FAQ's

What are induced pluripotent stem cells or iPS cells?

The recent discovery of induced pluripotent stem (iPS) cells has been celebrated by scientists, ethicists and politicians as a way to produce pluripotent stem cells without the need to use eggs or embryos. But what are these cells and do we have all the answers yet?
Neurons derived from human iPS cells (Frisca Tjhong) In November 2007 scientists announced they had developed a new way to cause mature human cells to resemble pluripotent stem cells - similar in many ways to human embryonic stem cells. By simply altering the expression of just four genes using genetic modification, the mature cells were 'induced' to become more primitive, stem cells and were referred to as 'induced' pluripotent stem (iPS) cells.

Initially iPS cells were generated using viruses to change gene expression, however since the initial discovery, technologies for reprogramming cells are moving very quickly and researchers are now investigating the use of new methods that do not use viruses which can cause permanent and potentially harmful changes in the cells. If they are able to be made safely, and on a large scale, iPS cells could possibly be used to provide a source of cells to replace cells damaged following illness or disease. It may even be possible to make stem cells for therapy from a patient's own cells and thereby avoid the use of anti-rejection medications.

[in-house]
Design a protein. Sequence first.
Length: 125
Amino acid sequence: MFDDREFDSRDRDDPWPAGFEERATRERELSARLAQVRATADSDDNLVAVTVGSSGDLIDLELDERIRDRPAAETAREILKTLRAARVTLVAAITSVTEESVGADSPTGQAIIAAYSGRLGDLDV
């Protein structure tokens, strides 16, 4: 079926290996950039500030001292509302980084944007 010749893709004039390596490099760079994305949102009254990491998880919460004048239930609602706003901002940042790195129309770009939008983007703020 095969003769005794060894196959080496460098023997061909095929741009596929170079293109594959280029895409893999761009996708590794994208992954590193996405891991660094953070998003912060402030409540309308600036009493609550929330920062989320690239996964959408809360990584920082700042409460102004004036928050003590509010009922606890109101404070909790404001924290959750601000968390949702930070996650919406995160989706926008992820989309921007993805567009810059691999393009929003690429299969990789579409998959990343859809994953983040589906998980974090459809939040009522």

However, right now scientists are using this method to create disease specific cells for research by taking a cells - maybe from a skin biopsy - from a patient with a genetic disorder, such as Huntington’s disease, and then using the iPS cells to study the disease in the laboratory. Scientist hope that such an approach will help them understand the development and progression of certain diseases, and assist in the development and testing of new drugs to treat disease.

While the discovery of iPS cells was a very important development, more research needs to be done to discover if they will offer the same research value as embryonic stem cells and if they will be as useful for therapy.

To learn more about iPS cells watch What are induced pluripotent stem cells? in our video library.